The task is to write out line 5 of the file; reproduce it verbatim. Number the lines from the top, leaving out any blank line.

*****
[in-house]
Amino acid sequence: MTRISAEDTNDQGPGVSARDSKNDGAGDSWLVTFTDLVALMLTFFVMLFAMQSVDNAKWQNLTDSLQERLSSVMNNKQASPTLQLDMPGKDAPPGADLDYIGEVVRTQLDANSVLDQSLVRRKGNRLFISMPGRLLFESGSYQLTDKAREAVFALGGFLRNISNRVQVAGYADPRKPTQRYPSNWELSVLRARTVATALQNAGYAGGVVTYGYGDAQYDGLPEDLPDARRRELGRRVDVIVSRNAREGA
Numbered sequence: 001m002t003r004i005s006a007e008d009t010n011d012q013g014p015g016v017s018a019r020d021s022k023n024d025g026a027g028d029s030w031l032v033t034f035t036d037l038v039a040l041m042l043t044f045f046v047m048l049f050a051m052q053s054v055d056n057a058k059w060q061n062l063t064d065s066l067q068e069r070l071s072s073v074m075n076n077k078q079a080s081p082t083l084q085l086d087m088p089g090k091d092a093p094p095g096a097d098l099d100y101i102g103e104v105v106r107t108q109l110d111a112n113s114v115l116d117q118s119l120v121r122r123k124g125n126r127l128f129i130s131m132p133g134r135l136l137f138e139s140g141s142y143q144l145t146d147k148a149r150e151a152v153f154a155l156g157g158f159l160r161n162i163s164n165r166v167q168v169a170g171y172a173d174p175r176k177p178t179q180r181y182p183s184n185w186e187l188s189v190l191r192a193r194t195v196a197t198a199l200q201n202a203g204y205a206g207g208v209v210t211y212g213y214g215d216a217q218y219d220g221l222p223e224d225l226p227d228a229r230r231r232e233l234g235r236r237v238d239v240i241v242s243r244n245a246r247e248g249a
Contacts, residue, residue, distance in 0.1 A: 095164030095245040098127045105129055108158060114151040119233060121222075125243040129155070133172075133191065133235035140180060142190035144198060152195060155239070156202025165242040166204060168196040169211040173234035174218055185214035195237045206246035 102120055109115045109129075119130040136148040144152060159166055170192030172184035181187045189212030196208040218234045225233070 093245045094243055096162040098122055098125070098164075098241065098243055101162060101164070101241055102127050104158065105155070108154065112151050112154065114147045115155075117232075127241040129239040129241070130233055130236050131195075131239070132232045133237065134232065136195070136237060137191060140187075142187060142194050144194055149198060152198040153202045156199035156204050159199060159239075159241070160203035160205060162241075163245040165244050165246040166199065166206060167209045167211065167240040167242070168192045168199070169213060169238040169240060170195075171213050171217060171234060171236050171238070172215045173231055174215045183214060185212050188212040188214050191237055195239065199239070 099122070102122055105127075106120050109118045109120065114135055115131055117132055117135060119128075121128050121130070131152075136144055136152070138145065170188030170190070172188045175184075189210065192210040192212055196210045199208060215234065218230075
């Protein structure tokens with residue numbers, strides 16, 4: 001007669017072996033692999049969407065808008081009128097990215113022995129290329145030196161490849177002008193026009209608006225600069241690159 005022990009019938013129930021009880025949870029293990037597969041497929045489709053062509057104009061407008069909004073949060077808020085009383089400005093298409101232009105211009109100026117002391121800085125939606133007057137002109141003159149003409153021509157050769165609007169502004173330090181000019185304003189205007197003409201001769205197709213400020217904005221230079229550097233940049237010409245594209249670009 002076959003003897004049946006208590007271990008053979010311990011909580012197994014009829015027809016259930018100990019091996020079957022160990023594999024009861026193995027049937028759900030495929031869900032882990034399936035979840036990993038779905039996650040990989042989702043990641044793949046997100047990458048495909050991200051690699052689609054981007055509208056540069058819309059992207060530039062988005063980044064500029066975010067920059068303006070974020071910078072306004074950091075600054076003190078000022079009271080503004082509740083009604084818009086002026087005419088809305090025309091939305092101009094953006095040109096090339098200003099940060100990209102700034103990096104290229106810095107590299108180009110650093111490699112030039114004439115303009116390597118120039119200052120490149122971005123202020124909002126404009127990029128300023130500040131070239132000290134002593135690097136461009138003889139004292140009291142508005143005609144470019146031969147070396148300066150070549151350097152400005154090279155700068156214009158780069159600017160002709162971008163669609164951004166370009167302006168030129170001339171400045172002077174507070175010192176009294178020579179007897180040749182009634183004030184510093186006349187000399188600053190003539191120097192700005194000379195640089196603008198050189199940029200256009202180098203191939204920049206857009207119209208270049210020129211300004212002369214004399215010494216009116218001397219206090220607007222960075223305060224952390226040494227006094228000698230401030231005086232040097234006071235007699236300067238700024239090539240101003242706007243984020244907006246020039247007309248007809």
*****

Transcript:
């Protein structure tokens with residue numbers, strides 16, 4: 001007669017072996033692999049969407065808008081009128097990215113022995129290329145030196161490849177002008193026009209608006225600069241690159 005022990009019938013129930021009880025949870029293990037597969041497929045489709053062509057104009061407008069909004073949060077808020085009383089400005093298409101232009105211009109100026117002391121800085125939606133007057137002109141003159149003409153021509157050769165609007169502004173330090181000019185304003189205007197003409201001769205197709213400020217904005221230079229550097233940049237010409245594209249670009 002076959003003897004049946006208590007271990008053979010311990011909580012197994014009829015027809016259930018100990019091996020079957022160990023594999024009861026193995027049937028759900030495929031869900032882990034399936035979840036990993038779905039996650040990989042989702043990641044793949046997100047990458048495909050991200051690699052689609054981007055509208056540069058819309059992207060530039062988005063980044064500029066975010067920059068303006070974020071910078072306004074950091075600054076003190078000022079009271080503004082509740083009604084818009086002026087005419088809305090025309091939305092101009094953006095040109096090339098200003099940060100990209102700034103990096104290229106810095107590299108180009110650093111490699112030039114004439115303009116390597118120039119200052120490149122971005123202020124909002126404009127990029128300023130500040131070239132000290134002593135690097136461009138003889139004292140009291142508005143005609144470019146031969147070396148300066150070549151350097152400005154090279155700068156214009158780069159600017160002709162971008163669609164951004166370009167302006168030129170001339171400045172002077174507070175010192176009294178020579179007897180040749182009634183004030184510093186006349187000399188600053190003539191120097192700005194000379195640089196603008198050189199940029200256009202180098203191939204920049206857009207119209208270049210020129211300004212002369214004399215010494216009116218001397219206090220607007222960075223305060224952390226040494227006094228000698230401030231005086232040097234006071235007699236300067238700024239090539240101003242706007243984020244907006246020039247007309248007809």